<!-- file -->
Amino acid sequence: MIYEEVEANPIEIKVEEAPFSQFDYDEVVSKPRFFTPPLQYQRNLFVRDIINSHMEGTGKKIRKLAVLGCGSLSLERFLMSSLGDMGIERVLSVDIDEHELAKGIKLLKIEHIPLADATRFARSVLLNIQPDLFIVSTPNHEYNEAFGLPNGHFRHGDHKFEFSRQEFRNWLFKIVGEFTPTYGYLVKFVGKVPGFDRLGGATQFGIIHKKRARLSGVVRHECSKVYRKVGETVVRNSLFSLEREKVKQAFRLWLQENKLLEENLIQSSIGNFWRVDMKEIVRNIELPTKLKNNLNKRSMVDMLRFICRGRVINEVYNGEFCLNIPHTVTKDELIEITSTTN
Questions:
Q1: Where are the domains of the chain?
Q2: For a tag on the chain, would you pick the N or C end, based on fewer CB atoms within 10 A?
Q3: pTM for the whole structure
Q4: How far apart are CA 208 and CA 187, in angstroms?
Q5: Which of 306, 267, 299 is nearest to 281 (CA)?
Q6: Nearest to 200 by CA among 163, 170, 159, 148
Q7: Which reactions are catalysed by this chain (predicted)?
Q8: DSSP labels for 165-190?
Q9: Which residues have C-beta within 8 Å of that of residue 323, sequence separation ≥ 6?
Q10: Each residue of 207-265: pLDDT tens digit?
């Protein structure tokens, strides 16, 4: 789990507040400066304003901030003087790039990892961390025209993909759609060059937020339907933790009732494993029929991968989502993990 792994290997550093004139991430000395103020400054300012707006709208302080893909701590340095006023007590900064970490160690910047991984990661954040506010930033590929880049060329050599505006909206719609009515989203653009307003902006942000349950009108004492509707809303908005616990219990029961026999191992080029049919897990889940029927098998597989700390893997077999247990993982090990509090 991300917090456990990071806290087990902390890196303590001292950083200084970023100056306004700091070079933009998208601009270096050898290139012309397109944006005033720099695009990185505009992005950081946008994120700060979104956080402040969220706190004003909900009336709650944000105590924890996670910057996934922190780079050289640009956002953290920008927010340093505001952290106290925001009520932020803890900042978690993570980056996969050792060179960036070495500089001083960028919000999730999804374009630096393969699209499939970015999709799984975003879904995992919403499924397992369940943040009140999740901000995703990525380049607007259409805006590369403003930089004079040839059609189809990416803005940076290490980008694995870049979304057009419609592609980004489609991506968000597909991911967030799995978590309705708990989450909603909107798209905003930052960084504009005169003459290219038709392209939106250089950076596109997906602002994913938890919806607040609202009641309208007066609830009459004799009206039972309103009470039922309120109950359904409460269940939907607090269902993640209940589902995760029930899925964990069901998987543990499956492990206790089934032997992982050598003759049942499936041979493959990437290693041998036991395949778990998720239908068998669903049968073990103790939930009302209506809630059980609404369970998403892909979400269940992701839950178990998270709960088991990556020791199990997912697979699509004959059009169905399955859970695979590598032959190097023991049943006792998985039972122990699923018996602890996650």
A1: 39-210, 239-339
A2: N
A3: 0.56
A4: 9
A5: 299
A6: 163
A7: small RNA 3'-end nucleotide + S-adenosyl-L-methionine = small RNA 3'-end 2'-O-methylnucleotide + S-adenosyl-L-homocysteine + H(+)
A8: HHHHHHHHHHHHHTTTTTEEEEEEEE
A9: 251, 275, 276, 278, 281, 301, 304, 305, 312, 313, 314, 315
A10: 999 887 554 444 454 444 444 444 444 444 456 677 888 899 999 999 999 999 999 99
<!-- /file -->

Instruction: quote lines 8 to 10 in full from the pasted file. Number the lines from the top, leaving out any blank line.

Q6: Nearest to 200 by CA among 163, 170, 159, 148
Q7: Which reactions are catalysed by this chain (predicted)?
Q8: DSSP labels for 165-190?